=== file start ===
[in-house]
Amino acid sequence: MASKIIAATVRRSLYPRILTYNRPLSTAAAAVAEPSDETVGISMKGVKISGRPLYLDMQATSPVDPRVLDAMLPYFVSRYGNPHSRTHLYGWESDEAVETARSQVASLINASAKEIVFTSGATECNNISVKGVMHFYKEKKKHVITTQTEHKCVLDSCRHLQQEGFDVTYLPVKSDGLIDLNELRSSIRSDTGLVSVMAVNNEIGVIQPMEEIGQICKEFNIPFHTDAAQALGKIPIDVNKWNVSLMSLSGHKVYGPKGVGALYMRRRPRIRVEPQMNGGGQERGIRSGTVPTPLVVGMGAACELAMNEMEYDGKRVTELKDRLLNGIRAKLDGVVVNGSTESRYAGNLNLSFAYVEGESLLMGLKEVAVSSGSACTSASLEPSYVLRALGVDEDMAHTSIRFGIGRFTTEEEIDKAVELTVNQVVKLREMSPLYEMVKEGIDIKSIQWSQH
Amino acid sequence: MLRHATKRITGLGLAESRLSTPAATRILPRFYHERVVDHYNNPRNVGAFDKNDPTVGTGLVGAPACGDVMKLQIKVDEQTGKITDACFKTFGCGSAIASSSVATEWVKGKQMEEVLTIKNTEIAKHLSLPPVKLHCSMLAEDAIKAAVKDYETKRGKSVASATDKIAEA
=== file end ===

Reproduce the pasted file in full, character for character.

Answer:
[in-house]
Amino acid sequence: MASKIIAATVRRSLYPRILTYNRPLSTAAAAVAEPSDETVGISMKGVKISGRPLYLDMQATSPVDPRVLDAMLPYFVSRYGNPHSRTHLYGWESDEAVETARSQVASLINASAKEIVFTSGATECNNISVKGVMHFYKEKKKHVITTQTEHKCVLDSCRHLQQEGFDVTYLPVKSDGLIDLNELRSSIRSDTGLVSVMAVNNEIGVIQPMEEIGQICKEFNIPFHTDAAQALGKIPIDVNKWNVSLMSLSGHKVYGPKGVGALYMRRRPRIRVEPQMNGGGQERGIRSGTVPTPLVVGMGAACELAMNEMEYDGKRVTELKDRLLNGIRAKLDGVVVNGSTESRYAGNLNLSFAYVEGESLLMGLKEVAVSSGSACTSASLEPSYVLRALGVDEDMAHTSIRFGIGRFTTEEEIDKAVELTVNQVVKLREMSPLYEMVKEGIDIKSIQWSQH
Amino acid sequence: MLRHATKRITGLGLAESRLSTPAATRILPRFYHERVVDHYNNPRNVGAFDKNDPTVGTGLVGAPACGDVMKLQIKVDEQTGKITDACFKTFGCGSAIASSSVATEWVKGKQMEEVLTIKNTEIAKHLSLPPVKLHCSMLAEDAIKAAVKDYETKRGKSVASATDKIAEA